ISU coach Paul Rhoads called it "a short list," but his tongue firmly planted itself into the side of his cheek.
So, coach, what key areas need improvement after Saturday’s 34-14 loss at Kansas?
“Oh,” Rhoads began on today’s Big 12 coaches’ teleconference, "tackling. Angles. Wrapping up and getting our feet under us and finishing.”
He wasn’t done.
“Getting off blocks,” Rhoads continued. “Getting aligned at a faster pace against the hectic pace of offenses going fast. Defending the deep ball. Man coverage. Protecting our quarterback. Giving him ample time to throw. Hard route running. Finishing plays both sides of the ball. There’s a short list for ‘ya.”
Not quite — but that was the point.
The Cyclones (2-7, 0-6) became the lone winless team in Big 12 play and really never challenged the previously also-winless Jayhawks, who led 24-7 at halftime and maintained at least a 10-point edge the rest of the game.
Execution on the practice field has not often translated to game day, and that obviously deeply concerns Rhoads, even though one reason for that struggle’s not hard to identify.
“It’s not baffling when it’s new players that are doing it, guys that have not competed at this level before,” Rhoads said. “I’m talking about the Kane Seeleys of the world and people like that who are just now starting to get their first snaps. Game day against Big 12 opposition is certainly different from practice speed and pace. Some of the other guys, yes, it is a lack of focus and attention to detail that gives coaches gray hair.”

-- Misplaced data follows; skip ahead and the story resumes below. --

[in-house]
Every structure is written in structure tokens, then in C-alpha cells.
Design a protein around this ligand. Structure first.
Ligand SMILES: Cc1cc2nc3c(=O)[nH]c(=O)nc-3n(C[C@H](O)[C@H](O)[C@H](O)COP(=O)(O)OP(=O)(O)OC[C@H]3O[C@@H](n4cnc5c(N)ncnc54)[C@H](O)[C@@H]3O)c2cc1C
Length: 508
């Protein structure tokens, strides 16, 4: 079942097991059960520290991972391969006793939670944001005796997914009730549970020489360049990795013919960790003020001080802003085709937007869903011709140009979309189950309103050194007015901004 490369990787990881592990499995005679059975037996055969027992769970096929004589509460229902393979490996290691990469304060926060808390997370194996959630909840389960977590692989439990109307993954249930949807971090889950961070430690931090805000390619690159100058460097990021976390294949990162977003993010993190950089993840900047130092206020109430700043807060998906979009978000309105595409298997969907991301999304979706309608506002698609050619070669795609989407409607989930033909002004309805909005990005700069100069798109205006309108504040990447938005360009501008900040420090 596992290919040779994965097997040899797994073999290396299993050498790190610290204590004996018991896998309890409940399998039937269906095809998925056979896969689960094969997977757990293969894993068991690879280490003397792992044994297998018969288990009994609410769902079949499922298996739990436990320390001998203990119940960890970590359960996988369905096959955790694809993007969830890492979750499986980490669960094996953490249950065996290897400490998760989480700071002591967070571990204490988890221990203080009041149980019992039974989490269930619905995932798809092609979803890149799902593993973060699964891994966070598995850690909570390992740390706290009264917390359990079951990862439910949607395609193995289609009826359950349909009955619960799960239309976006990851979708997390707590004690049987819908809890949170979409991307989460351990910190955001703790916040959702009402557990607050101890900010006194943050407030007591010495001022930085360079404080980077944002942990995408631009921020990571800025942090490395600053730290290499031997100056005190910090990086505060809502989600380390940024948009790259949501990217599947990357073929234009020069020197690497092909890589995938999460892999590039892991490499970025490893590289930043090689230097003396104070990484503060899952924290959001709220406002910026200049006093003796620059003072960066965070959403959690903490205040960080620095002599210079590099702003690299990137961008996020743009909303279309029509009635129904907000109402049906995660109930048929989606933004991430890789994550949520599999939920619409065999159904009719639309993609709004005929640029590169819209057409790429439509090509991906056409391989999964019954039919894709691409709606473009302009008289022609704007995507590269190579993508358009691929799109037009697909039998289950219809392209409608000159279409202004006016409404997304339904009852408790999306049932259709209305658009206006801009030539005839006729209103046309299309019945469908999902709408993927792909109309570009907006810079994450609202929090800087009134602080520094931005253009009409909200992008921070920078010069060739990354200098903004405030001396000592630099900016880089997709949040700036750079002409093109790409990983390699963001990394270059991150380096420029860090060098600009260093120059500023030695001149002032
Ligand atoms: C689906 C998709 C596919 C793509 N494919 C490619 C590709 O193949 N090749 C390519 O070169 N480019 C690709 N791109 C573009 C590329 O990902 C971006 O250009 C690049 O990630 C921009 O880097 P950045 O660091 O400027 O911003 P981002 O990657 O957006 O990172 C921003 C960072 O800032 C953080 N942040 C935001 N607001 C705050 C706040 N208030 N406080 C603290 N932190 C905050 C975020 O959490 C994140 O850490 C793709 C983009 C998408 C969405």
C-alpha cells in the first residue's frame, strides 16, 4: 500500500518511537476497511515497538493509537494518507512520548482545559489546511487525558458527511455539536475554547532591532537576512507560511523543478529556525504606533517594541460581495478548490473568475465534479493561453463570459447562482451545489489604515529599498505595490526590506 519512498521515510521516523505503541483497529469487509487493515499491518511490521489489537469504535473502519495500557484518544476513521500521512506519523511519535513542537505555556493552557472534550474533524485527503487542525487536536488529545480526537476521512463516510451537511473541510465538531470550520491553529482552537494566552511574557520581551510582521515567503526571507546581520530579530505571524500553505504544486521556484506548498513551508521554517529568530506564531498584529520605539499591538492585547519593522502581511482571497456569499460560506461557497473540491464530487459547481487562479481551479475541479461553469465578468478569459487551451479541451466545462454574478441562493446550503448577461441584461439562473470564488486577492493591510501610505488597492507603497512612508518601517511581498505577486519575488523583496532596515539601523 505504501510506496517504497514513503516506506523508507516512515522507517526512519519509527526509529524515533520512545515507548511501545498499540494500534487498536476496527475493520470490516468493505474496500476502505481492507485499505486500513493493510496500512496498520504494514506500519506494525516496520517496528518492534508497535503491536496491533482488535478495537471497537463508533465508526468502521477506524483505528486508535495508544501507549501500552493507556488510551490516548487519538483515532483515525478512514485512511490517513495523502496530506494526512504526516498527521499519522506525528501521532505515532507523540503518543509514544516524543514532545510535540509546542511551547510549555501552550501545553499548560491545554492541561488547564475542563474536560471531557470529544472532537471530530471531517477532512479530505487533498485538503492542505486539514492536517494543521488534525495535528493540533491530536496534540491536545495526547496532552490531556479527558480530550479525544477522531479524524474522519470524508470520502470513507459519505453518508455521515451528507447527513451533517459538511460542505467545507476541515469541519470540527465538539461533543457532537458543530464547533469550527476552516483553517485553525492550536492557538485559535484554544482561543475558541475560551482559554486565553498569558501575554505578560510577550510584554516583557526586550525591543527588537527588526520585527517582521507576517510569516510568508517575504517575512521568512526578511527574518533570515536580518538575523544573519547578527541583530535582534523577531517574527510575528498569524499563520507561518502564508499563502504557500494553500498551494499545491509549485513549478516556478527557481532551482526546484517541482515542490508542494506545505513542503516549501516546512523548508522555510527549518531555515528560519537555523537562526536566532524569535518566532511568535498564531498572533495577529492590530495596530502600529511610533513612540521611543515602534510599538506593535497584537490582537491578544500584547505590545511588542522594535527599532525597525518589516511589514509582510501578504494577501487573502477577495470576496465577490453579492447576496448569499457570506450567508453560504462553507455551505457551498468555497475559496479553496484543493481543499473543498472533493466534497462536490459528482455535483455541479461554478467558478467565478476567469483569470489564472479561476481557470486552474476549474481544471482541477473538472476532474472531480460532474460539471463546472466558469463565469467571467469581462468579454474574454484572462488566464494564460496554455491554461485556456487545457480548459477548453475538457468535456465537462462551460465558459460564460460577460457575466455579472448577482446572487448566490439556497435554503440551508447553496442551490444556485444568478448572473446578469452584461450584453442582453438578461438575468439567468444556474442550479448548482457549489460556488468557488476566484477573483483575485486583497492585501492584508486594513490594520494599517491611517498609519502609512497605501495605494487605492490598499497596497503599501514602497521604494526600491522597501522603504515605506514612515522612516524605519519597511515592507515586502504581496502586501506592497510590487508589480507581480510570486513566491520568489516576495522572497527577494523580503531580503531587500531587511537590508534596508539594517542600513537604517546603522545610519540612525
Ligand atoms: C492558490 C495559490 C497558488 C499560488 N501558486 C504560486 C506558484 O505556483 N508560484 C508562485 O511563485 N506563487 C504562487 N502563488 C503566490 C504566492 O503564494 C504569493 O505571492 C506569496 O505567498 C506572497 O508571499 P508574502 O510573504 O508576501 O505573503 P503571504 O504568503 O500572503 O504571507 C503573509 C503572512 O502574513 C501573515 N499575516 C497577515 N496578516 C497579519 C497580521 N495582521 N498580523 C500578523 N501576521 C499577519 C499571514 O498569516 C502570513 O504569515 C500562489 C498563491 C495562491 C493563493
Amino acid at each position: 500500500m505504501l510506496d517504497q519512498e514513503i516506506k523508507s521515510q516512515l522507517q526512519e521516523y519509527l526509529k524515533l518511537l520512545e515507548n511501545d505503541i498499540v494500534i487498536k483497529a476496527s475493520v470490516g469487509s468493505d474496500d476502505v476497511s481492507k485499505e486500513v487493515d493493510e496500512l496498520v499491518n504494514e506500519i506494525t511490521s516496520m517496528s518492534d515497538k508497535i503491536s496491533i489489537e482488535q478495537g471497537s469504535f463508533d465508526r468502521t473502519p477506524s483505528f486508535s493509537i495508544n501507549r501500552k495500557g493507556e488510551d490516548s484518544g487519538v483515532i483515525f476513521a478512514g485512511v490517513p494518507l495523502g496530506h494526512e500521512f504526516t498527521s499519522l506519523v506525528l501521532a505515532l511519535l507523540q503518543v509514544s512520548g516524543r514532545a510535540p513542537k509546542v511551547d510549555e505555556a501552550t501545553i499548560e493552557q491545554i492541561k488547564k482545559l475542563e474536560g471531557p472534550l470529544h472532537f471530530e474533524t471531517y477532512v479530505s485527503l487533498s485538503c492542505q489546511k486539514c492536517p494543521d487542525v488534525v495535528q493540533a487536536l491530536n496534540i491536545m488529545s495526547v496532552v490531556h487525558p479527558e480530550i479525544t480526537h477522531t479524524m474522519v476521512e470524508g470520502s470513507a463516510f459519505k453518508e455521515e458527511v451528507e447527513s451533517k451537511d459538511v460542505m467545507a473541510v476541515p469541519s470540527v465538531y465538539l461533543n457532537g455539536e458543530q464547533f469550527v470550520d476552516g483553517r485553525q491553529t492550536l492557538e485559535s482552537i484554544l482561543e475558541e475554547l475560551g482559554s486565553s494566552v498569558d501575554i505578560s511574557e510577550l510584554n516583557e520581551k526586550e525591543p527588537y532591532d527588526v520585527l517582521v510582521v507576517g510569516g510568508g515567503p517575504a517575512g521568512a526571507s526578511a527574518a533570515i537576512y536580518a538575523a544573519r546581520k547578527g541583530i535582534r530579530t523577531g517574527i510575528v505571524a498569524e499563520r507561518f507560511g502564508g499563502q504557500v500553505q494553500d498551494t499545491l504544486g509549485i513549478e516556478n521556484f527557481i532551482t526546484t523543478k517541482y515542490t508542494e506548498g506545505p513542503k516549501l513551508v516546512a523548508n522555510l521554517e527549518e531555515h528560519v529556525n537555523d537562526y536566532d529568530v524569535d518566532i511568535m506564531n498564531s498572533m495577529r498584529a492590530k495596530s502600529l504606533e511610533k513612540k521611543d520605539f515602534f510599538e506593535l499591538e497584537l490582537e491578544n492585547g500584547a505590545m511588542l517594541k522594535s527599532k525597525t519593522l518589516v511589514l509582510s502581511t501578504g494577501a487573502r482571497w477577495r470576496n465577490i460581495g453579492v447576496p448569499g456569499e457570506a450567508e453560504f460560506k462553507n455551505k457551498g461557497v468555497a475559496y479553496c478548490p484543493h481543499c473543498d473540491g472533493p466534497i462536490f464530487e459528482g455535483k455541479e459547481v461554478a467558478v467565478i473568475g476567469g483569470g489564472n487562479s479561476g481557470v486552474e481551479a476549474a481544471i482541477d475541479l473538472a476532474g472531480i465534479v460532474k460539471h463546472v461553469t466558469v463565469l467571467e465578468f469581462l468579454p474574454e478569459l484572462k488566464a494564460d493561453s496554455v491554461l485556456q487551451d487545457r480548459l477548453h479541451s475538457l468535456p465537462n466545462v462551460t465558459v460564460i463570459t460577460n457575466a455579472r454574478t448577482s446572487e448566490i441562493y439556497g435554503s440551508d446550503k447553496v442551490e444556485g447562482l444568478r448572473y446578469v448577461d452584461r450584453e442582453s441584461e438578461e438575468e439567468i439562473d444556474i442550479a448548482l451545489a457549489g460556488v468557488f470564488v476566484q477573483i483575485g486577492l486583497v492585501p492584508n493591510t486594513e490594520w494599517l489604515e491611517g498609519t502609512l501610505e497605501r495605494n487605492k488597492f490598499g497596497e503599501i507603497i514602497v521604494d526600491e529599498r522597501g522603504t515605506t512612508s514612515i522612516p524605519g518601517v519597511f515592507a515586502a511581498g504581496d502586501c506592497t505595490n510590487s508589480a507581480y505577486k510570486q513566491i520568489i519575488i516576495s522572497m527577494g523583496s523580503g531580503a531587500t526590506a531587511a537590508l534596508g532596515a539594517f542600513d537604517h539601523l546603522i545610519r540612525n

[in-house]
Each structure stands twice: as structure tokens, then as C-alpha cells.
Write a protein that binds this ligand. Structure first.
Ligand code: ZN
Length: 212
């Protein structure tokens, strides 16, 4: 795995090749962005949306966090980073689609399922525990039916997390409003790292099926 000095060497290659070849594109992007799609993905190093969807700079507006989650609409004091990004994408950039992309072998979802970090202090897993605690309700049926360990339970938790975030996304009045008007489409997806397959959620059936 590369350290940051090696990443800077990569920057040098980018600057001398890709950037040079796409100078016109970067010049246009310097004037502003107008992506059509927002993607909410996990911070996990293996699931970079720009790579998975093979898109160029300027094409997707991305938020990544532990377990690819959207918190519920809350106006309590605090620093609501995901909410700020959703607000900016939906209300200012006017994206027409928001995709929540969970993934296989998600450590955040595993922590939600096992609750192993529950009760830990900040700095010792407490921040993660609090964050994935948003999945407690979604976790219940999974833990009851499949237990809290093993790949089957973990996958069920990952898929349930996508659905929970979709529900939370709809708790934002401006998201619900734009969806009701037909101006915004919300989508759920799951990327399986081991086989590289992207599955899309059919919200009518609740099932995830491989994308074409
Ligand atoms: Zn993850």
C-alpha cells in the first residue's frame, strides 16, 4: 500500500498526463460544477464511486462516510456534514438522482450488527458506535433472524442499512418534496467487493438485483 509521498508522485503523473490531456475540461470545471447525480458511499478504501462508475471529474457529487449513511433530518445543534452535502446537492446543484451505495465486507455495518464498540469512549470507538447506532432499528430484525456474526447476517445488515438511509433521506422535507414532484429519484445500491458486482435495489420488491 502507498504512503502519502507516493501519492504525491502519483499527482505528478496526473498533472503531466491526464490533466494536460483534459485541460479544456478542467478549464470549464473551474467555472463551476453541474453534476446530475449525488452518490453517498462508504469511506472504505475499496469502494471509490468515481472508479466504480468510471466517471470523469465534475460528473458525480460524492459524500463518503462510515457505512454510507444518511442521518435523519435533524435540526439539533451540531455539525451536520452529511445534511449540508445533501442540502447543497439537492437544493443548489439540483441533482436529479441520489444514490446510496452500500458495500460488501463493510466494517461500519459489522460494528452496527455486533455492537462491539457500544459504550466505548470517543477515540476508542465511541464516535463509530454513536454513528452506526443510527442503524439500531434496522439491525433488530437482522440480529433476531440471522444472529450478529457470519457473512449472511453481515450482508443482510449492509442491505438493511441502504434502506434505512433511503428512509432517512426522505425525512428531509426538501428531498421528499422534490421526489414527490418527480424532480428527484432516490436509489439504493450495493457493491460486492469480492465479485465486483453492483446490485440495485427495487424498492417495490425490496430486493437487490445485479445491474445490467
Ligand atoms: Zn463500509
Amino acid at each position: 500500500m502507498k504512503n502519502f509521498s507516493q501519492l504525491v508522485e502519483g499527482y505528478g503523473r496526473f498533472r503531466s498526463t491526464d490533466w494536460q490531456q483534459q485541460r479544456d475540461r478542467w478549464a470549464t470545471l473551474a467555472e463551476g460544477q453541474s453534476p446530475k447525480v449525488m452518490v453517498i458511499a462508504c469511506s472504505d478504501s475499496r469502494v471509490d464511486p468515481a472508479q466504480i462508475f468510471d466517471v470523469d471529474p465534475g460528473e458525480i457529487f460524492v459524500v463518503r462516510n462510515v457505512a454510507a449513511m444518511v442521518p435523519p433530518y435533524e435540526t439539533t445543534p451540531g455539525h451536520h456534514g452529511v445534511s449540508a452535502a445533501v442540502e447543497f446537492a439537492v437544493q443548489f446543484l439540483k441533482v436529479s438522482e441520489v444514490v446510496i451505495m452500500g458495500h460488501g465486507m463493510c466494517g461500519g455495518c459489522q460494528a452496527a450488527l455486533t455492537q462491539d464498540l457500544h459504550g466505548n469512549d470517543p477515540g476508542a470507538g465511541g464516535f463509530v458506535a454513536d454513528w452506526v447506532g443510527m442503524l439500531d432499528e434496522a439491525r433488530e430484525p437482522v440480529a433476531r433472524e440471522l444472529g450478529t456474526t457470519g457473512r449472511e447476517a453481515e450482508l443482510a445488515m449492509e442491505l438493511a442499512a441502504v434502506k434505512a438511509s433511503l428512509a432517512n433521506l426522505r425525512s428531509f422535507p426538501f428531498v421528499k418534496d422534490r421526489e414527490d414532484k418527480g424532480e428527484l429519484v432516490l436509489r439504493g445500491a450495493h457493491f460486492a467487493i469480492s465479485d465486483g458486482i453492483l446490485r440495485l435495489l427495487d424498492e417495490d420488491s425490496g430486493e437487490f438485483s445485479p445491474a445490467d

Rhoads didn’t offer an example of a player who falls in that latter more troubling category, and won’t, of course.
But he did say an intense and productive staff meeting was interrupted by his 10-minute teleconference stint.
“We’re diligently working to find some answers for open week preparation,” said Rhoads, whose team plays next at 2:30 p.m. Nov. 22 when it hosts 3-6, 1-5 Texas Tech. “The wait-and-see piece is how we can motivate them, how we can prepare them and coach them up and get them to play their tails off against the Red Raiders.”
Other points of interest from Rhoads’ portion of the teleconference:
* He acknowledged that he considered getting third-string quarterback Joel Lanning his first career snaps on Saturday. “Joel threw just in case when we thought it might be smart to get him some reps, get him some experience," Rhoads said. "But (we) were never at a position to say, ‘Put him in the next quarter or the next series.’”
How might Lanning figure into the plans for the final three games of this season?
That depends on the health of starter Sam Richardson, who sat out Saturday because of lingering effects from a shoulder injury sustained late in the Oklahoma loss.
“Well, I believe Sam’s going to be back vs. Texas Tech,” said Rhoads, whose second-string QB Grant Rohach threw for 275 yards, two touchdowns and an interception in Lawrence. "Saw him in the training room this morning and (he had) good spirits and got good movement. … I’m hoping Sam’s healthy and remains healthy for the last three games.”
* Jevohn Miller’s absence remained a “big factor” with regard to the defense’s struggles against the Jayhawks.
“When I bring up the fact of getting our guys aligned fast, that’s that position and Jevohn was at a point, finally, where he was very comfortable with that and Kane has got to number one, just compete himself and take care of his job, but he’s also got the responsibility of setting 10 others along with him. That’s a tough burden for a guy who’s not probably ready to be accomplishing that.”
* Rhoads reiterated his feelings about the first half of Saturday’s game.
“(It was) our worst half of football that we’d played since I’ve been the head football coach here,” Rhoads said. “I’m embarrassed by that, ashamed by that. We have in my opinion come off our last two open dates arguably against the two most talented football teams we’ve played thus far, Baylor and Oklahoma, and not performed well. Part of that is in large part because of the opponent Part of it, we’re talking about as a staff right now.”